7. For my own long-term career planning, what is the best way to get a salary increase?

    You should focus on career development activities that result in promotions or job description changes.

  8. Where can I find out about the status of current UW System Budget deliberations?

    The Office of the Chancellor maintains a State Relations web page that contains current information about the budget deliberations along with other state relations issues. You can access that web page at http://www.staterelations.wisc.edu. The web page also provides information about Wisconsin politics, the Wisconsin legislature and pending legislation, about campus information/facts, and more.

Professional Development

  1. How do I find out about professional development opportunities?

    The web site http://www.myprofdev.wisc.edu/ is designed to be a clearinghouse for all professional development opportunities on campus — from classes, seminars, and special events to informal gatherings. Information about professional development grants that provide 50% of the cost of a professional development proposal can be found there.

  2. Since professional development grants require matching funds by my unit, how can I be assured that there are funds available to support the grant?

    Your best bet for support is for professional development that will clearly help your productivity on the job. With that in mind, talk with your supervisor to see what support is possible.

Miscellaneous Topics

  1. How can I get involved in a mentoring program for academic staff?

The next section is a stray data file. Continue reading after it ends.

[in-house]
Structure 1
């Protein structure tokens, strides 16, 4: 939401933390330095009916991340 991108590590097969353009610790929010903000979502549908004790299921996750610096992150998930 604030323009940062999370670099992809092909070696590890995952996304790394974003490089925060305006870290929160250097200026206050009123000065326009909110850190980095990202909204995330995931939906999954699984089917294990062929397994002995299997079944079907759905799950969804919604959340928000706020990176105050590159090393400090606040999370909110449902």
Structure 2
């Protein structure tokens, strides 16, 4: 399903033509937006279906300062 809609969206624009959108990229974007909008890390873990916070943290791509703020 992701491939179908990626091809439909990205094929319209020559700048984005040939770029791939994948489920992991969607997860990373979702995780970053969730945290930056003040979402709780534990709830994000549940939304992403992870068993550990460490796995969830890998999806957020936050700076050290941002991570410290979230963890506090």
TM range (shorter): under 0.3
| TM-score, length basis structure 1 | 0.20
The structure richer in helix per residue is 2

The campus offers a mentoring program to promote professional and personal development for mentees and mentors; to provide opportunities to share knowledge — and learn more — about UW-Madison; and to link mentees with mentors who can advise, coach, and guide them. No matter how long you have been at the university, you can be a mentee. Mentors and mentees are sought for the program. Mentors are matched with mentees based on the interests of the mentee. Details can be found at http://acstaff.wisc.edu/mentor/.

  2. If I believe my work space is inadequate and that my performance is hampered as a result, what do I do?

    Speak with your supervisor or unit administrator about your needs.

  3. Where can I get information about childcare opportunities?

    A good source of information is the Office of Campus Child Care. The Office's website is http://occfr.wisc.edu/.

  4. Can academic staff serve on PhD prelim committees?

    An Executive Committee can, without approval of the Graduate School, appoint an academic staff member to serve as a sixth member of a doctoral examination committee. Such an appointed committee member has the right to vote and sign the warrant like other members of the committee. Department Executive Committees may consider academic staff for membership on an examination committee if the academic staff member has a Ph.D. or other terminal degree and has research or practical experience relevant to the degree candidate's thesis or dissertation.